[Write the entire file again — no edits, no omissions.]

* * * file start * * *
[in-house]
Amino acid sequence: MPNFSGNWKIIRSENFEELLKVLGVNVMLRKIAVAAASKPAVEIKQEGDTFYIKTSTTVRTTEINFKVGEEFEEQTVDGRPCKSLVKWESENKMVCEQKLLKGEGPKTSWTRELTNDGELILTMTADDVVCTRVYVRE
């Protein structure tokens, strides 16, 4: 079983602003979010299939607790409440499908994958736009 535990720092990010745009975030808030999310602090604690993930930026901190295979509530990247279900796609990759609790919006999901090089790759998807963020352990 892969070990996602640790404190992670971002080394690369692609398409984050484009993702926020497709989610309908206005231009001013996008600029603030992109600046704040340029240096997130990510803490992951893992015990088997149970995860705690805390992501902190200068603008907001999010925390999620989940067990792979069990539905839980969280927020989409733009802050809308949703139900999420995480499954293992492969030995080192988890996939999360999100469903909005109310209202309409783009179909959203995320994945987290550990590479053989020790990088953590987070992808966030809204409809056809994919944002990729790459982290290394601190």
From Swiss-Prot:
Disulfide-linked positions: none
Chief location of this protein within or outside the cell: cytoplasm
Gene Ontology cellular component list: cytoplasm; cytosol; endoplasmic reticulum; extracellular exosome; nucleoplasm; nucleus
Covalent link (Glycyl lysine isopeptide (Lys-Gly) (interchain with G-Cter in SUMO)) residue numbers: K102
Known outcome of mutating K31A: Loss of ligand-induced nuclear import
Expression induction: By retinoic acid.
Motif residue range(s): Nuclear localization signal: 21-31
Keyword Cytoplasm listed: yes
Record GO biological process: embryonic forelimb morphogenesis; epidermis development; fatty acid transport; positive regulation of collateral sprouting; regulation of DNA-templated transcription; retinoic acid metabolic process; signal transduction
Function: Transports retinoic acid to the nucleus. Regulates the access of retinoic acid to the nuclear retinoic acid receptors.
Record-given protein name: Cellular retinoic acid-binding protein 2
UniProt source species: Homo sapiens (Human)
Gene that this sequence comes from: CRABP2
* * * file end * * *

[in-house]
Amino acid sequence: MPNFSGNWKIIRSENFEELLKVLGVNVMLRKIAVAAASKPAVEIKQEGDTFYIKTSTTVRTTEINFKVGEEFEEQTVDGRPCKSLVKWESENKMVCEQKLLKGEGPKTSWTRELTNDGELILTMTADDVVCTRVYVRE
């Protein structure tokens, strides 16, 4: 079983602003979010299939607790409440499908994958736009 535990720092990010745009975030808030999310602090604690993930930026901190295979509530990247279900796609990759609790919006999901090089790759998807963020352990 892969070990996602640790404190992670971002080394690369692609398409984050484009993702926020497709989610309908206005231009001013996008600029603030992109600046704040340029240096997130990510803490992951893992015990088997149970995860705690805390992501902190200068603008907001999010925390999620989940067990792979069990539905839980969280927020989409733009802050809308949703139900999420995480499954293992492969030995080192988890996939999360999100469903909005109310209202309409783009179909959203995320994945987290550990590479053989020790990088953590987070992808966030809204409809056809994919944002990729790459982290290394601190």
From Swiss-Prot:
Disulfide-linked positions: none
Chief location of this protein within or outside the cell: cytoplasm
Gene Ontology cellular component list: cytoplasm; cytosol; endoplasmic reticulum; extracellular exosome; nucleoplasm; nucleus
Covalent link (Glycyl lysine isopeptide (Lys-Gly) (interchain with G-Cter in SUMO)) residue numbers: K102
Known outcome of mutating K31A: Loss of ligand-induced nuclear import
Expression induction: By retinoic acid.
Motif residue range(s): Nuclear localization signal: 21-31
Keyword Cytoplasm listed: yes
Record GO biological process: embryonic forelimb morphogenesis; epidermis development; fatty acid transport; positive regulation of collateral sprouting; regulation of DNA-templated transcription; retinoic acid metabolic process; signal transduction
Function: Transports retinoic acid to the nucleus. Regulates the access of retinoic acid to the nuclear retinoic acid receptors.
Record-given protein name: Cellular retinoic acid-binding protein 2
UniProt source species: Homo sapiens (Human)
Gene that this sequence comes from: CRABP2